The mitochondrial Ca2+uniporter complex (MCUC) is a multimeric ion channel which, by tuning Ca2+ influx into the mitochondrial matrix, finely regulates metabolic energy production. In the heart, this dynamic control of mitochondrial Ca2+ uptake is fundamental for cardiomyocytes to adapt to either physiologic or pathologic stresses. Mitochondrial calcium uniporter (MCU), which is the core channel subunit of MCUC, has been shown to play a critical role in the response to β-adrenoreceptor stimulation occurring during acute exercise. The molecular mechanisms underlying the regulation of MCU, in conditions requiring chronic increase in energy production, such as physiologic or pathologic cardiac growth, remain elusive. Here, we show that microRNA-1 (miR-1), a member of the muscle-specific microRNA (myomiR) family, is responsible for direct and selective targeting of MCU and inhibition of its translation, thereby affecting the capacity of the mitochondrial Ca2+uptake machinery. Consistent with the role of miR-1 in heart development and cardiomyocyte hypertrophic remodeling, we additionally found that MCU levels are inversely related with the myomiR content, in murine and, remarkably, human hearts from both physiologic (i.e., postnatal development and exercise) and pathologic (i.e., pressure overload) myocardial hypertrophy. Interestingly, the persistent activation of ß-adrenoreceptors is likely one of the upstream repressors of miR-1 as treatment with β-blockers in pressure-overloaded mouse hearts prevented its down-regulation and the consequent increase in MCU content. Altogether, these findings identify the miR-1/MCU axis as a factor in the dynamic adaptation of cardiac cells to hypertrophy.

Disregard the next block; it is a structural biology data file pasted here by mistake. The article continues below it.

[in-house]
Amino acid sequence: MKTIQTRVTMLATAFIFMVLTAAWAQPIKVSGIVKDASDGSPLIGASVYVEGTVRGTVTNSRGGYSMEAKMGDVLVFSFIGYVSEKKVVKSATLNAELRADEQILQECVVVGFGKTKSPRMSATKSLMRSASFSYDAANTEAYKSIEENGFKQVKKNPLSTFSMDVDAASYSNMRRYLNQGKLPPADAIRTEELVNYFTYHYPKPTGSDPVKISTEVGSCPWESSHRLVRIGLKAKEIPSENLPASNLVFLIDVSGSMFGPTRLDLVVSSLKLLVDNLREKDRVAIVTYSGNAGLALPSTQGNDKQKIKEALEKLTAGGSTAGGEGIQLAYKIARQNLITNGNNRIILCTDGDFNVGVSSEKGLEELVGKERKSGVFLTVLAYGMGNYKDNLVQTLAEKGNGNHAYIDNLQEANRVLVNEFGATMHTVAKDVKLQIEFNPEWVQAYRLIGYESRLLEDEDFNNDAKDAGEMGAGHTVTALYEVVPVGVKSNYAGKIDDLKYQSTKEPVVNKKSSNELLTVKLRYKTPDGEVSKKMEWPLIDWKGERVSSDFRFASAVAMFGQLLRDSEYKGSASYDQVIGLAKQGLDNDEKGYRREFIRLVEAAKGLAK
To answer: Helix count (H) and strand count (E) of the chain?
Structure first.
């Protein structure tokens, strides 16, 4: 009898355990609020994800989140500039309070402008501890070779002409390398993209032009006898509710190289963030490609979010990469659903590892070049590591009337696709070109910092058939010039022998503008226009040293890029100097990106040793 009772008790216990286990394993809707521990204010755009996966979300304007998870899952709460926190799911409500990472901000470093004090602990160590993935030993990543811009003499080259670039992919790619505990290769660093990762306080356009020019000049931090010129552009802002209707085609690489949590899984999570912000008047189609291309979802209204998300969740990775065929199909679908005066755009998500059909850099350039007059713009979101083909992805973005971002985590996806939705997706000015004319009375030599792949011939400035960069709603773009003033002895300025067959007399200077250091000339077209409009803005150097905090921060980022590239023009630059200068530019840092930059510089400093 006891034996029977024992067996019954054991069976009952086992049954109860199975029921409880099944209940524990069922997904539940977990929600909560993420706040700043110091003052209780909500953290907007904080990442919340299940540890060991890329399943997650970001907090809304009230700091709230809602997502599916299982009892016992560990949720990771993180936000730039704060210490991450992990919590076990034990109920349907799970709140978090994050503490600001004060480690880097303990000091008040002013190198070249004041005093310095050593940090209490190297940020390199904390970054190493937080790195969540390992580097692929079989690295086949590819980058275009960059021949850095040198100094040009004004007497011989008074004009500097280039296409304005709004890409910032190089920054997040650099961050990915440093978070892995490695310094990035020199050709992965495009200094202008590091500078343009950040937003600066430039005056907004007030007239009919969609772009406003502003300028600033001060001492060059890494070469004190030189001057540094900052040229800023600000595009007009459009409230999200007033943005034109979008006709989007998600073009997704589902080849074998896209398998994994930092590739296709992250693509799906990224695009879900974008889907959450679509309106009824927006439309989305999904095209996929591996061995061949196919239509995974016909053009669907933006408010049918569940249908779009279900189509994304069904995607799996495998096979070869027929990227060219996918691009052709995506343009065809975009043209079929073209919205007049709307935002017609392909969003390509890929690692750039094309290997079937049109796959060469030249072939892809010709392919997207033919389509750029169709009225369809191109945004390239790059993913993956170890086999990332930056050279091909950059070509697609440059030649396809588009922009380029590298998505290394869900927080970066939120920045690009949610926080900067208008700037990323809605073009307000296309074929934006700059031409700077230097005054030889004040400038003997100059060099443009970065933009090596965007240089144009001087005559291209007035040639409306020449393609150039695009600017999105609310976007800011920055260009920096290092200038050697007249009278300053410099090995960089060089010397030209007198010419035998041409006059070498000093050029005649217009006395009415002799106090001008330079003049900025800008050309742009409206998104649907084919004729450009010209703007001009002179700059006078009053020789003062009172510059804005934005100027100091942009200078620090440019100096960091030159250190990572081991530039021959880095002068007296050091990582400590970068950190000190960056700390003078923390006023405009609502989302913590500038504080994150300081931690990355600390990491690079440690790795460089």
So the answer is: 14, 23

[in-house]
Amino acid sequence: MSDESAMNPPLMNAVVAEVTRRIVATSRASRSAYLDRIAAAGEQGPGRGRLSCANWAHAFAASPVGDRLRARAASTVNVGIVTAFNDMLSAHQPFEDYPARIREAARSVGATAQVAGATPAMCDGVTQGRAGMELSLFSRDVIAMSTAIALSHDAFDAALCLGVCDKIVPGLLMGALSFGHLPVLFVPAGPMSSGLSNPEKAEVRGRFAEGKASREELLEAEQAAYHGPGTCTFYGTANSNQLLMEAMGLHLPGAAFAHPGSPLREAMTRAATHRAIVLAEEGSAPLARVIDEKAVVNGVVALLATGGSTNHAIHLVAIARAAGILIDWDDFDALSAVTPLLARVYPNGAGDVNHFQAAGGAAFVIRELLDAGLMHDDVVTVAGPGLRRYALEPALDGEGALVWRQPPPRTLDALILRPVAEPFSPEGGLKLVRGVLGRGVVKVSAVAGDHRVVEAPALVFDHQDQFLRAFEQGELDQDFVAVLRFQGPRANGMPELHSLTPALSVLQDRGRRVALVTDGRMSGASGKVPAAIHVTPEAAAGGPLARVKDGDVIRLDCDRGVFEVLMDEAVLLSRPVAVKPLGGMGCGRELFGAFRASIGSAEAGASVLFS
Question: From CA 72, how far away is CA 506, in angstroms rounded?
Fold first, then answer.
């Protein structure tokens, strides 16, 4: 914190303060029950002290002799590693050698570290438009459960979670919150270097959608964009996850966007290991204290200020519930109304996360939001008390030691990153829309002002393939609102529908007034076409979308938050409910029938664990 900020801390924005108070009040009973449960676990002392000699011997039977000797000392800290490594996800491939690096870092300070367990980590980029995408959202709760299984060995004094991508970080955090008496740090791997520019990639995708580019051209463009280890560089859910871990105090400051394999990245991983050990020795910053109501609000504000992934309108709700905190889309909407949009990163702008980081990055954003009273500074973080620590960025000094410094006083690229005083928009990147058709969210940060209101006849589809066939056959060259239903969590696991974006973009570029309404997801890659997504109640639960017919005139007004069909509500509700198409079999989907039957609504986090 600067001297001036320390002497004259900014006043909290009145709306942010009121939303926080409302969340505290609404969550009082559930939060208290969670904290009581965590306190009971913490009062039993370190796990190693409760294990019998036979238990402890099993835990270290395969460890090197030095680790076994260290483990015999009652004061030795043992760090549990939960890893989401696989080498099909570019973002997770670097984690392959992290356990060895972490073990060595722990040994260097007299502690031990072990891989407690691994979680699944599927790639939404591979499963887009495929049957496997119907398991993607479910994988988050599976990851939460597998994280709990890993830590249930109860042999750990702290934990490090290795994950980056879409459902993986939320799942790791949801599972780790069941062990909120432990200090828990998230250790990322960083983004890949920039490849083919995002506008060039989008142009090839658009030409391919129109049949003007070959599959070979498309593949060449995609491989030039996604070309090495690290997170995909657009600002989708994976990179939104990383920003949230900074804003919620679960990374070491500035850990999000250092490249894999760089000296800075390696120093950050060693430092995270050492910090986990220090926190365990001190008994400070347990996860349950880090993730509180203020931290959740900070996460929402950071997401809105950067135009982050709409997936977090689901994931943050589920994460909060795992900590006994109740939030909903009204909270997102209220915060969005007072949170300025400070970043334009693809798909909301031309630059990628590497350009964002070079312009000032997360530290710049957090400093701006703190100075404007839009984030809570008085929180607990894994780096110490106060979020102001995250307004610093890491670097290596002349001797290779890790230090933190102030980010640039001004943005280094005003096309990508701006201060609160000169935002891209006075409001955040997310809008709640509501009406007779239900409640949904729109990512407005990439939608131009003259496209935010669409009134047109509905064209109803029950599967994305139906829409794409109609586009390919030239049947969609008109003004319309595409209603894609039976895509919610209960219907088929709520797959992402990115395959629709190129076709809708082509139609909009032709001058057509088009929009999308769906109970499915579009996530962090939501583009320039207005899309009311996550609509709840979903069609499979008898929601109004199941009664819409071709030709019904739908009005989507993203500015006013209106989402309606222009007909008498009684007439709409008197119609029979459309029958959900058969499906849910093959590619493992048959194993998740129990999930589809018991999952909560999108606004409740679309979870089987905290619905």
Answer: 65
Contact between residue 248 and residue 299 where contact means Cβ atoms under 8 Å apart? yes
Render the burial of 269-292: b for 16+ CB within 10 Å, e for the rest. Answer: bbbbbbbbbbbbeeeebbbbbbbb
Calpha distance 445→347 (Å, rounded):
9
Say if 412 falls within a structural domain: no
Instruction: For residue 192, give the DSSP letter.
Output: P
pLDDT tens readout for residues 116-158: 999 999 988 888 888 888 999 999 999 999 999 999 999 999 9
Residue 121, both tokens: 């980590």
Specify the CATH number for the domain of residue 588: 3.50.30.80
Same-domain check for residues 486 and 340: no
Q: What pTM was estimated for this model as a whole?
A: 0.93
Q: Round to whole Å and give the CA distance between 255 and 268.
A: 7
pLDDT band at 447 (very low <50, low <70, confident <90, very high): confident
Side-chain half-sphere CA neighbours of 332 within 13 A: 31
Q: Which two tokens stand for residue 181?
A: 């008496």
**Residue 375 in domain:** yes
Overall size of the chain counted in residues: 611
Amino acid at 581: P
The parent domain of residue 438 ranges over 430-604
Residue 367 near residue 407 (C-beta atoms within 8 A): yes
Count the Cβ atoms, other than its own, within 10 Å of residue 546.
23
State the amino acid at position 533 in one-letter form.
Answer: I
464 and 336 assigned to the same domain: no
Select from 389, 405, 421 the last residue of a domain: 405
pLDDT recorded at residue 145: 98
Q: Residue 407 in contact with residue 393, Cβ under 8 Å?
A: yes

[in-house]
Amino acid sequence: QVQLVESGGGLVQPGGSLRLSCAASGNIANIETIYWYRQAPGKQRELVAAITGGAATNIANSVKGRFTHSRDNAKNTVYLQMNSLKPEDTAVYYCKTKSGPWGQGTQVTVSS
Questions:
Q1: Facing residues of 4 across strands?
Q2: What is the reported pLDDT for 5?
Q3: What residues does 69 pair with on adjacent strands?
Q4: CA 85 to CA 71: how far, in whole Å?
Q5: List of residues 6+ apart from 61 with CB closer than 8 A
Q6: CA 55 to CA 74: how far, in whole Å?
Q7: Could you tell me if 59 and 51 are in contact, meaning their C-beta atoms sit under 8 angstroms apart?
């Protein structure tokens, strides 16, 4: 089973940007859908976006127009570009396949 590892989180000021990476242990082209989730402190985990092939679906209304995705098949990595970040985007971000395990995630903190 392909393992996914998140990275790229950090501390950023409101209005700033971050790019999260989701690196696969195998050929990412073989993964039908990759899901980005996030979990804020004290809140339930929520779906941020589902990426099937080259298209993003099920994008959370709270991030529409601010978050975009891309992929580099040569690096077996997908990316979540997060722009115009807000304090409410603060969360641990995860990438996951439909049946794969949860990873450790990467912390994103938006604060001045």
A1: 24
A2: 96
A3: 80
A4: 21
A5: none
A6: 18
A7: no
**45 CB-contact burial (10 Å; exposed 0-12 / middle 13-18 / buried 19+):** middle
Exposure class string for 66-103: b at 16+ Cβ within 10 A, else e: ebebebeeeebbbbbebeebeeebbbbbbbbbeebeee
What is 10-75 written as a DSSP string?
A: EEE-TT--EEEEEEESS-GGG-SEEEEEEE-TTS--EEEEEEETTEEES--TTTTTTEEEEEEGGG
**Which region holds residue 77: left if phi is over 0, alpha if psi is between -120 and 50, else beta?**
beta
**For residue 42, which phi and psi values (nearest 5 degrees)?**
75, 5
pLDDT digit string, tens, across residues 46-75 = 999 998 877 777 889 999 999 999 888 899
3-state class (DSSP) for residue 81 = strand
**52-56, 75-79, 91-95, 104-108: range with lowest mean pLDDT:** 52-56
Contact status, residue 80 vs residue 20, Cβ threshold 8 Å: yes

|Journal||Proceedings of the National Academy of Sciences of the United States of America|
|Publication status||Published - Oct 24 2017|
- Cardiomyocyte calcium
- Mitochondrial calcium uniporter
- Myocardial hypertrophy
ASJC Scopus subject areas